The Punch’s calculations from the National Bureau of Statistics Foreign Trade Statistics showed that wheat importation into Africa’s most populous nation rose 77.23 percent from 2020 to 2021.
Wheat is an important commodity that serves as flour in the production of pasta, bread, and noodles, among others.
Economists said the difference in the two years could be attributed to the devaluation of the nation’s currency and insecurity that led to little or no production in northern Nigeria for a number of years.
Naira devalued by over 15 percent in the official market and over 20 percent in the parallel market in the two years, but insurgents and bandits in the north have also sacked farmers of wheat and other crops, leading to supply chain disruptions.
“If you imported with $1m in 2020 and you imported with $1m in 2021, the amount of money would not be the same in naira in the two years due to naira devaluation,” said the Chief Executive Officer of Centre for the Promotion of Private Enterprise, Dr. Muda Yusuf.
He said apart from currency depreciation, the country had not succeeded in growing wheat, noting that the Central Bank of Nigeria was making efforts to bolster the growth of the crop by asking flour millers to invest in backward integration.
“But we have not made much success. Some players acquired massive plots of plans to embark on backward integration but while they were trying to do that, insecurity and community issues started,” Yusuf said.
But Chairman of the Association of Master Bakers and Caterers of Nigeria, Lagos State chapter, Raji Omotunde, said wheat importation was so high due to low productivity, noting that bakers were suffering due to high wheat prices.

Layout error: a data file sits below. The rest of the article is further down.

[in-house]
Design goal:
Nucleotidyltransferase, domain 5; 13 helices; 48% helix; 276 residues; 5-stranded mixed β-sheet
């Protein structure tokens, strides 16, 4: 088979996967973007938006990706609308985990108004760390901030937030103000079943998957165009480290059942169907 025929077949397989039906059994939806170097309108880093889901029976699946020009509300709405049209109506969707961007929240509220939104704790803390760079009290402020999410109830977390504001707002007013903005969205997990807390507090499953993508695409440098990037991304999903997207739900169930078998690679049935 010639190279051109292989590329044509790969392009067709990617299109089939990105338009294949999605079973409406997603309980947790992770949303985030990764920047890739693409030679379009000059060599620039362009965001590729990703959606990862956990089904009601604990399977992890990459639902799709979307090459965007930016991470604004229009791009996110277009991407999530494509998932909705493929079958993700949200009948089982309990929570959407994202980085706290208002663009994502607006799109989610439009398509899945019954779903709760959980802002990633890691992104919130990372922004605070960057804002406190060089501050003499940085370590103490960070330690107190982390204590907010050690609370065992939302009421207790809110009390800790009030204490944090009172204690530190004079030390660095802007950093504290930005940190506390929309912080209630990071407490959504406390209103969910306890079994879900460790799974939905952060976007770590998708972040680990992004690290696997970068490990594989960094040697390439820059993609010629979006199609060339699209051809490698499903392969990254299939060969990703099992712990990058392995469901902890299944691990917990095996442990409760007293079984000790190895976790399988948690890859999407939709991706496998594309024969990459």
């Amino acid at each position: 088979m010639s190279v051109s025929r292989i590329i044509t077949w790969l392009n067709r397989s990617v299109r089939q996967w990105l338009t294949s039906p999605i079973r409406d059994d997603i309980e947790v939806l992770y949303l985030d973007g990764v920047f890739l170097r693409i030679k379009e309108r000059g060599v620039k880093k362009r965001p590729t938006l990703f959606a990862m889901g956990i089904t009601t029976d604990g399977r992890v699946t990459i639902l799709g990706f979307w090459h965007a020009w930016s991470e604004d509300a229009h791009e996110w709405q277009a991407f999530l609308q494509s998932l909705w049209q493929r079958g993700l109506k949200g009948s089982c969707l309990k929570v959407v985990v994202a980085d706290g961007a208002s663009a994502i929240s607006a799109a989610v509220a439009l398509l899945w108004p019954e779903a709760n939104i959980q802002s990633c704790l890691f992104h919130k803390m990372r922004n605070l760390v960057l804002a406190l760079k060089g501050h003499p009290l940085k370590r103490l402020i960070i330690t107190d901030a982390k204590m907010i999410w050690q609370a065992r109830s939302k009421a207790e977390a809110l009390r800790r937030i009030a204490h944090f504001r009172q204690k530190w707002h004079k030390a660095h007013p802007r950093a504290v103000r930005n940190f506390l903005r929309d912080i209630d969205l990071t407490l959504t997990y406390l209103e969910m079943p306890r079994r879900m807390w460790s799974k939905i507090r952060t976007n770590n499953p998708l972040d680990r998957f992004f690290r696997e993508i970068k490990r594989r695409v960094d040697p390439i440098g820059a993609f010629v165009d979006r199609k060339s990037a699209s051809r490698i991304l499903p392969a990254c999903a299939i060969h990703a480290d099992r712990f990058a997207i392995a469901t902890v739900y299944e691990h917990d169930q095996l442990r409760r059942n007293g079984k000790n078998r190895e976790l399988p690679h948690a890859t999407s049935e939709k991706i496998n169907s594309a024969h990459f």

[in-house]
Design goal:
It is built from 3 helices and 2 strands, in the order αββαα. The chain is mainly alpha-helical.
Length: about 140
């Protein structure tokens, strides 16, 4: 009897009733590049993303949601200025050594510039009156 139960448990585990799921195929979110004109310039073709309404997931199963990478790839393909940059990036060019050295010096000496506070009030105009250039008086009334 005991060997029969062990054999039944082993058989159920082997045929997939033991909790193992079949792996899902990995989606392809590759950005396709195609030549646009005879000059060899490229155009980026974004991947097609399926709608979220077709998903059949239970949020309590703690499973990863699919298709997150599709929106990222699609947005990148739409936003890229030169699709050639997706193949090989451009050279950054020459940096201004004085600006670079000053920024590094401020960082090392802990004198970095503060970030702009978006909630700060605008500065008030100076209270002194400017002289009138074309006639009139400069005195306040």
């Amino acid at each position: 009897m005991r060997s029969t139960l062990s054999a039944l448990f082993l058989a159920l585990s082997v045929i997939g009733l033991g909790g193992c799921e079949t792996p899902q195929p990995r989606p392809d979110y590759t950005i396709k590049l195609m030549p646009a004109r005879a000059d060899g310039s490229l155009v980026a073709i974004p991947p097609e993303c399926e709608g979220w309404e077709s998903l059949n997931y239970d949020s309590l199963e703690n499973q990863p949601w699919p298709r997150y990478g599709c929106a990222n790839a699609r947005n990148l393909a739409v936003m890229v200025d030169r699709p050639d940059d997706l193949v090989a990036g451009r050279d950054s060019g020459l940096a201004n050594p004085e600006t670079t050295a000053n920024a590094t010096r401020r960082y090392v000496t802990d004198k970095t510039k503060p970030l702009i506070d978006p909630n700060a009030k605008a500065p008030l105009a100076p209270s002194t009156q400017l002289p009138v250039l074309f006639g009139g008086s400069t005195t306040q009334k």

“Millers have been increasing their prices. The price of a 50 kg bag of wheat has risen from over N20,000 to N27,000. The price of a 50kg bag of sugar has also risen from N22,000 to N26,000. Diesel price has also risen. We are not increasing prices because bread is something everybody should afford, and we have been so considerate about that,” he said,
Wheat prices have risen by over 60 percent this year due to Russia’s invasion of Ukraine. Russia and Ukraine account for one-third of global wheat exports. Countries like India are rumored to be planning to ban wheat exports due to uncertainties in the global market, and Nigeria will likely bear the brunt.
Omotunde said, “Since the war started, there is nowhere to get wheat. It is having an adverse effect on Nigeria and there is a shortage.”
Former President of the All Farmers Association of Nigeria, Mr. Kabir Ibrahim, told The PUNCH that the CBN recently brought 13,000 wheat seeds which are distributed to farmers.
He said things were changing as Nigeria was making efforts to be sufficient in wheat, noting that though the concentration of the Anchor Borrowers Scheme was more on rice than wheat, things were beginning to look up for wheat farmers.
The United States Department of Agriculture’s April 2022 report said Nigeria’s import dependence could be costly at this time.
“On the international front, the conflict in Ukraine could threaten Nigeria’s food security posture. Nigeria imports low-quality wheat from Russia and other surrounding Black Sea countries. The escalation of the crisis could lead to an increase in wheat import prices, which could have a multiplier effect on the price of wheat-based products – most importantly bread, noodles, and biscuits.”
An economist, who did not want his name mentioned because he was not authorized to speak, said the wheat numbers in Nigeria were driven by volumes and not value, noting, however, that the Russia-Ukraine crisis could see a reduction in import volumes into Nigeria.